Being frightened is not a mortal wound

Re: “Let’s rethink Halloween fireworks,” letter, Nov. 2.

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The letter-writer discussed the trauma that Halloween fireworks were causing for shelter animals. It is worth noting that fireworks are already illegal in Victoria without a permit, although I’m not sure about other municipalities.

It seems to me that we increasingly live in a society in which people believe that being offended is a mortal wound, and that animals or children are unable to withstand being temporarily frightened. We also see many instances of people exploiting “defence of the defenceless” to end activities they don’t personally like.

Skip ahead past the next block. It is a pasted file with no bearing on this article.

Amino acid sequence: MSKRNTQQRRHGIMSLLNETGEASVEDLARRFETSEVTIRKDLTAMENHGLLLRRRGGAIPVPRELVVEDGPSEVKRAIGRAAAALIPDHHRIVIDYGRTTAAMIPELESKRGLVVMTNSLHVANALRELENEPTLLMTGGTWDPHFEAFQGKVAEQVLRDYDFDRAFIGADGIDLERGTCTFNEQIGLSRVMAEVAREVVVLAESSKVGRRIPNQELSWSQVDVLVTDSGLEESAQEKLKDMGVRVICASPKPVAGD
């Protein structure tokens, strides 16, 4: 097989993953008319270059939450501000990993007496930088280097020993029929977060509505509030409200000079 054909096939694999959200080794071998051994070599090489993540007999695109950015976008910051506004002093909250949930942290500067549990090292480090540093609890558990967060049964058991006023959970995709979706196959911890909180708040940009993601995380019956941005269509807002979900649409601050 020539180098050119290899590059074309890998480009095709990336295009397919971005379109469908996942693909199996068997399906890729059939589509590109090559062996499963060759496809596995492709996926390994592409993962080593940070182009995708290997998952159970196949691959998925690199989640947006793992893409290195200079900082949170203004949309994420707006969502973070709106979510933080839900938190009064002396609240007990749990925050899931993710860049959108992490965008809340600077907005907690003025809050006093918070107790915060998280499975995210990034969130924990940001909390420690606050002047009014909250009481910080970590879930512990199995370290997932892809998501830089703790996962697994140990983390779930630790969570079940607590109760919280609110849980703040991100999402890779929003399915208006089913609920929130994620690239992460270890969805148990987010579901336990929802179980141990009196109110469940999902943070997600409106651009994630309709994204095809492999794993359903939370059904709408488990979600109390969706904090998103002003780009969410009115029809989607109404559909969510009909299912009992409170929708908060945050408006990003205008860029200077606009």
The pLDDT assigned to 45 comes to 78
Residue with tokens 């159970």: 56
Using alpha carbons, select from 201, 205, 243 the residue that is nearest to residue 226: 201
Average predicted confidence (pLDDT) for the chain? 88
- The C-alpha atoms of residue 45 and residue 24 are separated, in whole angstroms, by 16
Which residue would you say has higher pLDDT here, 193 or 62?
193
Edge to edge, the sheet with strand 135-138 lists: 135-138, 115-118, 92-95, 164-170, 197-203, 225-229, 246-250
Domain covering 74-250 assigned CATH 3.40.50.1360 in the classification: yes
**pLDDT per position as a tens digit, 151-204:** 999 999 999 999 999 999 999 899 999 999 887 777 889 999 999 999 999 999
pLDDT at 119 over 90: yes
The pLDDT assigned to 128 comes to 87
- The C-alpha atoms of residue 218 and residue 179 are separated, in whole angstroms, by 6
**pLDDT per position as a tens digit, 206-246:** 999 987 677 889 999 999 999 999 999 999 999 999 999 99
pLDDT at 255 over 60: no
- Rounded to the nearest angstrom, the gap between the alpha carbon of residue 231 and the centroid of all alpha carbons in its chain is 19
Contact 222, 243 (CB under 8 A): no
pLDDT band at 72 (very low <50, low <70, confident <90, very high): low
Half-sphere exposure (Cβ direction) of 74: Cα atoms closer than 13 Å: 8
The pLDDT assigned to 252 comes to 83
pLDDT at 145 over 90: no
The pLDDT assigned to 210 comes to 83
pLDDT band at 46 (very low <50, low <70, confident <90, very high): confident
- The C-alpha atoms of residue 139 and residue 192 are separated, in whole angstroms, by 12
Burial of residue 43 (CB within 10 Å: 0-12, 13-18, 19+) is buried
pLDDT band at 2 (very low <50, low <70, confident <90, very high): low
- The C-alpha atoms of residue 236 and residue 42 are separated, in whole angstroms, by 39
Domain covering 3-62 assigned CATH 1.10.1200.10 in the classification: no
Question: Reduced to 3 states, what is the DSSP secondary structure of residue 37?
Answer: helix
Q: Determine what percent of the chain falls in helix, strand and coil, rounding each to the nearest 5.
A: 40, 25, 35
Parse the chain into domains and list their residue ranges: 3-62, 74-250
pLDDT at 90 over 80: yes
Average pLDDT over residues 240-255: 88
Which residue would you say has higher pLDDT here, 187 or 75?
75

I don’t believe giving in to these impulses is very healthy, as it dismisses the intrinsic resilience that animals and people generally have in abundance.

Living in a dense city, it does make sense to restrict things that might be bothersome or dangerous. Fireworks obviously fit this definition (noisy, potential fire hazard, etc.). But let’s try to keep some perspective and realize that simply being frightened or bothered is not the mortal wound many seem to think it is these days.

Walter Ash


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